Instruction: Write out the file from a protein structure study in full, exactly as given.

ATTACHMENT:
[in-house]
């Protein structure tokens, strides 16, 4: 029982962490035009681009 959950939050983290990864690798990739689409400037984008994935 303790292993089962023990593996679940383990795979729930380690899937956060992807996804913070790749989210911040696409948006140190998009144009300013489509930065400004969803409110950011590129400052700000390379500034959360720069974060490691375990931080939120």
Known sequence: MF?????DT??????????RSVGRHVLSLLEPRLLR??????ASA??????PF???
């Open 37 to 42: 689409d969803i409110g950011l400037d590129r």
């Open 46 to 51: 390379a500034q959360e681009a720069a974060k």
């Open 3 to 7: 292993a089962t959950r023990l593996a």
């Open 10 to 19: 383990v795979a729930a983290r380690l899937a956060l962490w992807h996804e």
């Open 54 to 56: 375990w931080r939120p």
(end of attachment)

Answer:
[in-house]
């Protein structure tokens, strides 16, 4: 029982962490035009681009 959950939050983290990864690798990739689409400037984008994935 303790292993089962023990593996679940383990795979729930380690899937956060992807996804913070790749989210911040696409948006140190998009144009300013489509930065400004969803409110950011590129400052700000390379500034959360720069974060490691375990931080939120």
Known sequence: MF?????DT??????????RSVGRHVLSLLEPRLLR??????ASA??????PF???
């Open 37 to 42: 689409d969803i409110g950011l400037d590129r």
């Open 46 to 51: 390379a500034q959360e681009a720069a974060k």
């Open 3 to 7: 292993a089962t959950r023990l593996a």
């Open 10 to 19: 383990v795979a729930a983290r380690l899937a956060l962490w992807h996804e």
């Open 54 to 56: 375990w931080r939120p």